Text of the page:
1. Follow the steps to permit the Cognite API to access user profiles in Azure AD.

  2. Follow these steps to register Cognite applications in Azure AD.

  3. When you have completed the above steps, sign out of CDF and sign in again selecting Sign in with Microsoft.

  4. You are now logged in using Azure AD and OIDC. You can confirm this by navigating to Manage & Configure > Manage access and checking that the Deprecate Legacy Login button on the Service accounts tab is now available (not grayed out).

    CAUTION: Do not click the button yet.

Step 5: Register and configure other applications in Azure AD

Follow the steps below to register and configure other applications in Azure AD.

  1. Sign in to the Azure portal as an admin.

  2. If you have access to multiple tenants, use the Directory + subscription filter Directory + subscription filter in the top menu to select the tenant in which you want to register an application.

  3. Search for and select Azure Active Directory.

  4. Under Manage, select App registrations > New registration.

  5. In the Register an application window, enter the app name, and then select Register.

  6. To register an application that does not require interactive sign-in, for example an extractor, continue with Step 5.1: Register app without interactive sign-in.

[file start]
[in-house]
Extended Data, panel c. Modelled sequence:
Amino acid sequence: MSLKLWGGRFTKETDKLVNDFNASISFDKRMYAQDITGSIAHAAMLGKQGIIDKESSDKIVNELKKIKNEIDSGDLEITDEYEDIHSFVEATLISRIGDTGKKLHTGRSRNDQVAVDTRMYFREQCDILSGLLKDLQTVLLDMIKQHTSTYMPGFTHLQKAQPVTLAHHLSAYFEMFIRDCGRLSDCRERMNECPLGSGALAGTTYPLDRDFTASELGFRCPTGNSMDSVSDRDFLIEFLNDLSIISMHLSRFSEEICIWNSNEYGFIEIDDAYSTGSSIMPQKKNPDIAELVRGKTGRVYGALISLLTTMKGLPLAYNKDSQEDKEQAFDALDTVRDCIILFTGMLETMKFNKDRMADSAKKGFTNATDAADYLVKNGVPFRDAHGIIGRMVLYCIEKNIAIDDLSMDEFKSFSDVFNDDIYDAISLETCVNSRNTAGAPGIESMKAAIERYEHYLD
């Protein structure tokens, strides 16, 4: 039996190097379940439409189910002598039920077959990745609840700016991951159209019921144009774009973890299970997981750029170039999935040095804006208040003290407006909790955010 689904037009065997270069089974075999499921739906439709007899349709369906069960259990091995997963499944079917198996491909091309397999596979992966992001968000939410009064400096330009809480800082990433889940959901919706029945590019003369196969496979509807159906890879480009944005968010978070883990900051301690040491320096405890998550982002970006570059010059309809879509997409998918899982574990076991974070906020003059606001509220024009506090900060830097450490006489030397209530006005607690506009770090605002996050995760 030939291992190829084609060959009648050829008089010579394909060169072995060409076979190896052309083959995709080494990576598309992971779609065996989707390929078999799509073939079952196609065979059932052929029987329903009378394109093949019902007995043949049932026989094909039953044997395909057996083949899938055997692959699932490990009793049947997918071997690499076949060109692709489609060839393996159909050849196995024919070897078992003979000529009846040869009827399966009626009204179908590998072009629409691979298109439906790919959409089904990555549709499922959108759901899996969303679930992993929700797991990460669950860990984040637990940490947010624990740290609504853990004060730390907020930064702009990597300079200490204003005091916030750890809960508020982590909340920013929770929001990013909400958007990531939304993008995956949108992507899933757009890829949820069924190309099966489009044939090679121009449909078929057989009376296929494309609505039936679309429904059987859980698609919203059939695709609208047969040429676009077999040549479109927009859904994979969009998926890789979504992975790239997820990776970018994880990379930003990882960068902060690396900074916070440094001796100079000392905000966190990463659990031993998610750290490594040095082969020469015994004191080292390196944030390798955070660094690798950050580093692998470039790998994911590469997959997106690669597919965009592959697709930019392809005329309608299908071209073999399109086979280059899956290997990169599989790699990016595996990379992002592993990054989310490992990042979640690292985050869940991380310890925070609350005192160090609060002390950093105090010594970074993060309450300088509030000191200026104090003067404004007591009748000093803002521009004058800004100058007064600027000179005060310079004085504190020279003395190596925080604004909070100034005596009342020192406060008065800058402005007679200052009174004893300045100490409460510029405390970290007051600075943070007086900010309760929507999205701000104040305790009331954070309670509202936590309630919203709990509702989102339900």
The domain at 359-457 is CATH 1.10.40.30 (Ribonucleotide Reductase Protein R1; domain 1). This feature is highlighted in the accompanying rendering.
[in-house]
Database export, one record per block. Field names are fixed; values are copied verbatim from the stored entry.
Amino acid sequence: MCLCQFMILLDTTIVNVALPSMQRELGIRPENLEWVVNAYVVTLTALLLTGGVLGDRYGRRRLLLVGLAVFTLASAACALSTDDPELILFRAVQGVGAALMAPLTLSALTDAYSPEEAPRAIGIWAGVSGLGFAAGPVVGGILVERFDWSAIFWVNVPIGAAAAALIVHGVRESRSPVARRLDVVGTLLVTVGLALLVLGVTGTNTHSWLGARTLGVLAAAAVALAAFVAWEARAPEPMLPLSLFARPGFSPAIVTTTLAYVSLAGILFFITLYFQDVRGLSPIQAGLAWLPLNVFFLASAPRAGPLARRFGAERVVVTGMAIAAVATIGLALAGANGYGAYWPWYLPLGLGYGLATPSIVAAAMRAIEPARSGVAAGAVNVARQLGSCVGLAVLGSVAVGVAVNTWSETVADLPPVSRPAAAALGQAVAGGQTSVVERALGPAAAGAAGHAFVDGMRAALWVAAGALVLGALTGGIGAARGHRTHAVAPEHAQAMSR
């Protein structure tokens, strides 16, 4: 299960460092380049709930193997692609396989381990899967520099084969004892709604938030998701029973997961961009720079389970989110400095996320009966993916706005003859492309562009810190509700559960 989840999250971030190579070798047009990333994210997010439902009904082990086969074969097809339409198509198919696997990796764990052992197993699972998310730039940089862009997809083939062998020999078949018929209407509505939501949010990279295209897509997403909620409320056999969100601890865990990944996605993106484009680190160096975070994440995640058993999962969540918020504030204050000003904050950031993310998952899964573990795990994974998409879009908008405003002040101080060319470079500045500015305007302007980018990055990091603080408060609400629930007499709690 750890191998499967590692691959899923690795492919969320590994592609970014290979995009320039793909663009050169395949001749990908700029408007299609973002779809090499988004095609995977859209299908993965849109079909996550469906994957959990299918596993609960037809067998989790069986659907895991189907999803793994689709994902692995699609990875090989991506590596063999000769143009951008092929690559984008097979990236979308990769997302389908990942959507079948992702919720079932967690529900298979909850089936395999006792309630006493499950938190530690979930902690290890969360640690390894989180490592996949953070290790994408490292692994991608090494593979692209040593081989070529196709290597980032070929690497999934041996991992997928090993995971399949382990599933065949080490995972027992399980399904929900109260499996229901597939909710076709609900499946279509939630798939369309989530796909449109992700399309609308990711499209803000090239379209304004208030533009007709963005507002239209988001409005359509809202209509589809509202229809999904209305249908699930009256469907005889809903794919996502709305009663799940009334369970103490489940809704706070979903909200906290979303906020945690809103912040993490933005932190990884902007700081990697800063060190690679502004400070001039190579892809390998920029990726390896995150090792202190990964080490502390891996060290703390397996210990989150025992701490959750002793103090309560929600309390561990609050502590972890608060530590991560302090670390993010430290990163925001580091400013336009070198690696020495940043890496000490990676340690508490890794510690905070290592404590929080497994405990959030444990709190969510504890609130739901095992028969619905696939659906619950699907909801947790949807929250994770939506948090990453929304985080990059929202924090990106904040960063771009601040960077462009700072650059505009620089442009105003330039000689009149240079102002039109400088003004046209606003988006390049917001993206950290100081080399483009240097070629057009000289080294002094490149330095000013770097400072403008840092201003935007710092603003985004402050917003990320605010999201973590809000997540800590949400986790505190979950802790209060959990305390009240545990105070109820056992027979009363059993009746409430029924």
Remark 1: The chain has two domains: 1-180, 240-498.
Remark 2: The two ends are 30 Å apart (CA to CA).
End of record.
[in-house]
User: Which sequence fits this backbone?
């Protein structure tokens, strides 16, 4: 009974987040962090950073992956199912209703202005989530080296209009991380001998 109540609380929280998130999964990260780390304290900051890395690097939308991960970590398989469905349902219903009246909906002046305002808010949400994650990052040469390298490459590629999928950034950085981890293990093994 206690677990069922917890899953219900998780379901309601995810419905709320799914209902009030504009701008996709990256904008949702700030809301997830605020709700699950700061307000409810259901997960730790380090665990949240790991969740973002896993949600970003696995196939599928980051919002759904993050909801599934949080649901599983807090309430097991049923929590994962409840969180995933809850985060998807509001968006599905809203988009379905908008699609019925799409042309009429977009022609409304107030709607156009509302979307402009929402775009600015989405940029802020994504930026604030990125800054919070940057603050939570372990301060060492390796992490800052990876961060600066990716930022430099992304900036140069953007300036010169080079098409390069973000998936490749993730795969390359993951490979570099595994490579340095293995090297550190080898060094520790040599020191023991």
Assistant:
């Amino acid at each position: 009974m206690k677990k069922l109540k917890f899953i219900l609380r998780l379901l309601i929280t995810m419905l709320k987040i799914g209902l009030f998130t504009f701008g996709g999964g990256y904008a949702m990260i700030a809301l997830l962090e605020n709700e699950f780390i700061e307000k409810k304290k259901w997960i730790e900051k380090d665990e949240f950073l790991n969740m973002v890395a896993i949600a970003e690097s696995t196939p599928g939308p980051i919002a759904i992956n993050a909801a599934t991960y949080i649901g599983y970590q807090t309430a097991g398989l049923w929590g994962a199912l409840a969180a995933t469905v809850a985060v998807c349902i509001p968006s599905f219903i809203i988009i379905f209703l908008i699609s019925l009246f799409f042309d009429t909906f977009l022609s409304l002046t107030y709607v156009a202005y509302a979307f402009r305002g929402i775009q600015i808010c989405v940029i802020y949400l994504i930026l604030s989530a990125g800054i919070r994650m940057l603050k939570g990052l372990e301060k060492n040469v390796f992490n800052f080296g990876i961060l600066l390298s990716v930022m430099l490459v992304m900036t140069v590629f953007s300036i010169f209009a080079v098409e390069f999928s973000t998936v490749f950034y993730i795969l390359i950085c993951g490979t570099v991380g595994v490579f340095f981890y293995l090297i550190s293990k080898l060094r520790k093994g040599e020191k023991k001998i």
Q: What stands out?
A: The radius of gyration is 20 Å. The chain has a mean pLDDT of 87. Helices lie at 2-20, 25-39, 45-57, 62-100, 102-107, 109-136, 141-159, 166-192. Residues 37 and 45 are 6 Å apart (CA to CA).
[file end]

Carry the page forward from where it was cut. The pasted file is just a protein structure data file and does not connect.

To register an application that requires interactive sign-in, for example by developers or end-users, continue with Step 5.2: Register app for interactive sign-in.

Step 5.1: Register app without interactive sign-in

  1. Select Certificates & secrets in the left-hand menu.

  2. Select New client secret to create an application secret. Next, enter a description and select Add.

    Make a note the application (client) ID, the application secret, and the Azure AD tenant ID. You will need these values when you follow the steps in Step 7: Update applications and components to authenticate using OIDC.

Step 5.2: Register app for interactive sign-in

  1. After registering the application, select Authentication in the main menu,set Allow public client flows to Yes. Then select Add a platform > Mobile and desktop applications.

  2. In Configure Desktop + devices, enter http://localhost in the Custom redirect URIs field and select Configure.

  3. Select Save.

  4. Select API permissions in the left-hand menu, and then Add a permission.